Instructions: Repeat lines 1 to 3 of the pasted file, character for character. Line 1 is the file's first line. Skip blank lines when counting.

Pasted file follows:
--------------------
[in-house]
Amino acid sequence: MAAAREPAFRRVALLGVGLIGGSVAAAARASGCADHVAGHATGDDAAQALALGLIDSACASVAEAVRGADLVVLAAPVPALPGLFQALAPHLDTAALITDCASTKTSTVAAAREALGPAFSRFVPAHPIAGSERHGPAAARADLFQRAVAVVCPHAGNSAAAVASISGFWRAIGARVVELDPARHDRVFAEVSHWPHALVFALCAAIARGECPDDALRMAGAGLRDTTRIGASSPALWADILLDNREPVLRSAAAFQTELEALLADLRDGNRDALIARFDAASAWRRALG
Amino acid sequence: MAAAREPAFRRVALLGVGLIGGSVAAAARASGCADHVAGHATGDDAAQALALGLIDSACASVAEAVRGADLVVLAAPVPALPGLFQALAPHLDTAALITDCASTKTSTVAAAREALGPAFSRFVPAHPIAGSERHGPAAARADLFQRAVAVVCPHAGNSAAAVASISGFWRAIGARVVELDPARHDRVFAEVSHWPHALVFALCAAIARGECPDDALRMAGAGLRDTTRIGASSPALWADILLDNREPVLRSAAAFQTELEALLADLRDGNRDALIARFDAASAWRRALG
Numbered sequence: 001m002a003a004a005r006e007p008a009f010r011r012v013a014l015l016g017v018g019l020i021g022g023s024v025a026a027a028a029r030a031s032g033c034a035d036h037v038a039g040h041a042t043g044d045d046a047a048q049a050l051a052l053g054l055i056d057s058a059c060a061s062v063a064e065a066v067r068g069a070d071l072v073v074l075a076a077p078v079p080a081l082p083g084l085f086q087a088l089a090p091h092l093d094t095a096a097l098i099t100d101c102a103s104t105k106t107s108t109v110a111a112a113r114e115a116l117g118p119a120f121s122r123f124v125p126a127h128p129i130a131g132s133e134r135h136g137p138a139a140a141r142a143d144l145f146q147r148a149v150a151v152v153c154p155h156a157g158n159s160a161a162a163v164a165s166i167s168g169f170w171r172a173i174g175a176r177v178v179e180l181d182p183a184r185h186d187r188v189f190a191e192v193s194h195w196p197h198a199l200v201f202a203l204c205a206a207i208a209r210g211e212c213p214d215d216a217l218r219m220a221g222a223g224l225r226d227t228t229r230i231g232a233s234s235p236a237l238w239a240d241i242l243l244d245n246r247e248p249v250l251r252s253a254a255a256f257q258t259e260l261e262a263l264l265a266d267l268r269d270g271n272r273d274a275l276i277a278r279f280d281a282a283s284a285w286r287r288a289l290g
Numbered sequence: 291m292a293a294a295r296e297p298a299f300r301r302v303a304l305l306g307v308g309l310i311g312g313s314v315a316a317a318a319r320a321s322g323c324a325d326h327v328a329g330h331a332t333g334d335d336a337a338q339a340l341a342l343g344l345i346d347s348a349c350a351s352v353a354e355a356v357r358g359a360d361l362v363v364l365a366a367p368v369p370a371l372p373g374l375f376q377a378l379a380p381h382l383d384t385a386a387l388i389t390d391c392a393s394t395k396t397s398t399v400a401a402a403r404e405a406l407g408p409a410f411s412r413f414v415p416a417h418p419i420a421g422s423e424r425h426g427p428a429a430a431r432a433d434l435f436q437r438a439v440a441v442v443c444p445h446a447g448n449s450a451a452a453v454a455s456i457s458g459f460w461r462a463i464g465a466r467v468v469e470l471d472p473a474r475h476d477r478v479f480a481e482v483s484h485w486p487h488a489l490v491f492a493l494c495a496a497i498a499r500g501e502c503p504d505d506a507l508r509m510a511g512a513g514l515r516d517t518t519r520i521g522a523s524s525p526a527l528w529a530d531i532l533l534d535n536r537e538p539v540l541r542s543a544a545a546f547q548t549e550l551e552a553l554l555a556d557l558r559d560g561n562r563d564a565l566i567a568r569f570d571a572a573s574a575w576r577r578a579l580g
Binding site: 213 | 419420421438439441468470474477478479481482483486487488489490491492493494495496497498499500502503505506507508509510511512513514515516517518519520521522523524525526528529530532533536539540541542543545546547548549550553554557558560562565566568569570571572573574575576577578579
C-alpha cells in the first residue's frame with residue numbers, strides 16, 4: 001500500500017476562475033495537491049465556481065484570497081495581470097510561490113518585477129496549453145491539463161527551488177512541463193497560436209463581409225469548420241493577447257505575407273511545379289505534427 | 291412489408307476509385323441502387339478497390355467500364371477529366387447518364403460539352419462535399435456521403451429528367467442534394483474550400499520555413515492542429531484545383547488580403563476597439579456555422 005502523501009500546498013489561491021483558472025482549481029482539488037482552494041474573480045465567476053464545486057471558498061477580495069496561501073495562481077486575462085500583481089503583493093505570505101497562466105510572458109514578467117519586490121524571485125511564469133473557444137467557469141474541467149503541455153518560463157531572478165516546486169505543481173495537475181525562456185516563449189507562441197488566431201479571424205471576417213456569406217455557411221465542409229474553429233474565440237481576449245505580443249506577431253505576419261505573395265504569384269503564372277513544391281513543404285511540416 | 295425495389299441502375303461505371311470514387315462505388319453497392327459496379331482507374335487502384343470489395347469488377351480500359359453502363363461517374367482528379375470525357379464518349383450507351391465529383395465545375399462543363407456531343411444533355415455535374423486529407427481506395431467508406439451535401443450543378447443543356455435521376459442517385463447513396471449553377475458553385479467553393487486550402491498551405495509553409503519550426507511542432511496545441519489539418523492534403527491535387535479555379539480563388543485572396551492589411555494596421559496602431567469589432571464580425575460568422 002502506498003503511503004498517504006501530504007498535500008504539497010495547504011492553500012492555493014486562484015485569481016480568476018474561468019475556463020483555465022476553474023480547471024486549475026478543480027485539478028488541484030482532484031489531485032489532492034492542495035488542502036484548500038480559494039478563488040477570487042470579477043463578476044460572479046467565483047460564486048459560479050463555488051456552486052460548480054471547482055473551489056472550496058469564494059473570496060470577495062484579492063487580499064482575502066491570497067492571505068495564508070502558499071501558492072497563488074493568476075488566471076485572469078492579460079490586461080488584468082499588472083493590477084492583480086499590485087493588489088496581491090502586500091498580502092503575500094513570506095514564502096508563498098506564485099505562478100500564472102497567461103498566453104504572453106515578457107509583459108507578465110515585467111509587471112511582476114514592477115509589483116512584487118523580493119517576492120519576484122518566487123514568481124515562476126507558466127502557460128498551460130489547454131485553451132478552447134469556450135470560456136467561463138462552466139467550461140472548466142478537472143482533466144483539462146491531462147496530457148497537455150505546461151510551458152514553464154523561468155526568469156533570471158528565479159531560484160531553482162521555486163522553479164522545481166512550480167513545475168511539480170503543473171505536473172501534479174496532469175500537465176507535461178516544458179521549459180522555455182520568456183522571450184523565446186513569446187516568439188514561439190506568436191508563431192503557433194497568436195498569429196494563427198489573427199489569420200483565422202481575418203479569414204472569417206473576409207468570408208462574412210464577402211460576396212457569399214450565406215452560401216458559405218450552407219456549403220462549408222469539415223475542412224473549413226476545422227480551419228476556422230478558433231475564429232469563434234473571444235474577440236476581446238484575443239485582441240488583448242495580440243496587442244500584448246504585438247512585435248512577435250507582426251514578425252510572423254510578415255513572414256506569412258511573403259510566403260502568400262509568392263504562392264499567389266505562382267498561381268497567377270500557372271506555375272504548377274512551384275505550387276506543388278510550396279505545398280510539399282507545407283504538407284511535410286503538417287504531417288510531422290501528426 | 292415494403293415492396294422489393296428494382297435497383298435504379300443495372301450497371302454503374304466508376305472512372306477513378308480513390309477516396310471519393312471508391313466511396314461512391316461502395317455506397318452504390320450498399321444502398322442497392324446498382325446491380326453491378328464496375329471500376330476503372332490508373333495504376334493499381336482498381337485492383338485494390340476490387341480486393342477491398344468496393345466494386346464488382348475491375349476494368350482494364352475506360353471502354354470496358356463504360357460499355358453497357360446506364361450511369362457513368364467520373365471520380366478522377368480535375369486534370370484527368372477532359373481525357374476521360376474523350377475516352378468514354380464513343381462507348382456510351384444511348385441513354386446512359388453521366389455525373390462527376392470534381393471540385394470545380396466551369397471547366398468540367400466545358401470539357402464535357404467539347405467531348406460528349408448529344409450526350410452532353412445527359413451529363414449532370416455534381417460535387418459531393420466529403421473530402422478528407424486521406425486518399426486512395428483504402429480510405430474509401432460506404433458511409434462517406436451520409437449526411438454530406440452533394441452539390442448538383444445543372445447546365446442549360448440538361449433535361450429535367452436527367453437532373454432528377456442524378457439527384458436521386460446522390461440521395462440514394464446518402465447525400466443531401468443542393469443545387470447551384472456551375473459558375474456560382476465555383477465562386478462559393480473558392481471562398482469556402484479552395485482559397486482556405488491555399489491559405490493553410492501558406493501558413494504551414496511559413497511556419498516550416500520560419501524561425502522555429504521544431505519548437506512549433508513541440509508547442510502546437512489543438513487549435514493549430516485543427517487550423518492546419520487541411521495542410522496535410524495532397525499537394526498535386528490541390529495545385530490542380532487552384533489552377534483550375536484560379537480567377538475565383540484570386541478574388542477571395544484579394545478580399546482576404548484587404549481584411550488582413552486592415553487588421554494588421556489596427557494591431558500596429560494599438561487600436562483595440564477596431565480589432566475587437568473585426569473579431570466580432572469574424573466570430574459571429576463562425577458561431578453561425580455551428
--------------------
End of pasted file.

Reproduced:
[in-house]
Amino acid sequence: MAAAREPAFRRVALLGVGLIGGSVAAAARASGCADHVAGHATGDDAAQALALGLIDSACASVAEAVRGADLVVLAAPVPALPGLFQALAPHLDTAALITDCASTKTSTVAAAREALGPAFSRFVPAHPIAGSERHGPAAARADLFQRAVAVVCPHAGNSAAAVASISGFWRAIGARVVELDPARHDRVFAEVSHWPHALVFALCAAIARGECPDDALRMAGAGLRDTTRIGASSPALWADILLDNREPVLRSAAAFQTELEALLADLRDGNRDALIARFDAASAWRRALG
Amino acid sequence: MAAAREPAFRRVALLGVGLIGGSVAAAARASGCADHVAGHATGDDAAQALALGLIDSACASVAEAVRGADLVVLAAPVPALPGLFQALAPHLDTAALITDCASTKTSTVAAAREALGPAFSRFVPAHPIAGSERHGPAAARADLFQRAVAVVCPHAGNSAAAVASISGFWRAIGARVVELDPARHDRVFAEVSHWPHALVFALCAAIARGECPDDALRMAGAGLRDTTRIGASSPALWADILLDNREPVLRSAAAFQTELEALLADLRDGNRDALIARFDAASAWRRALG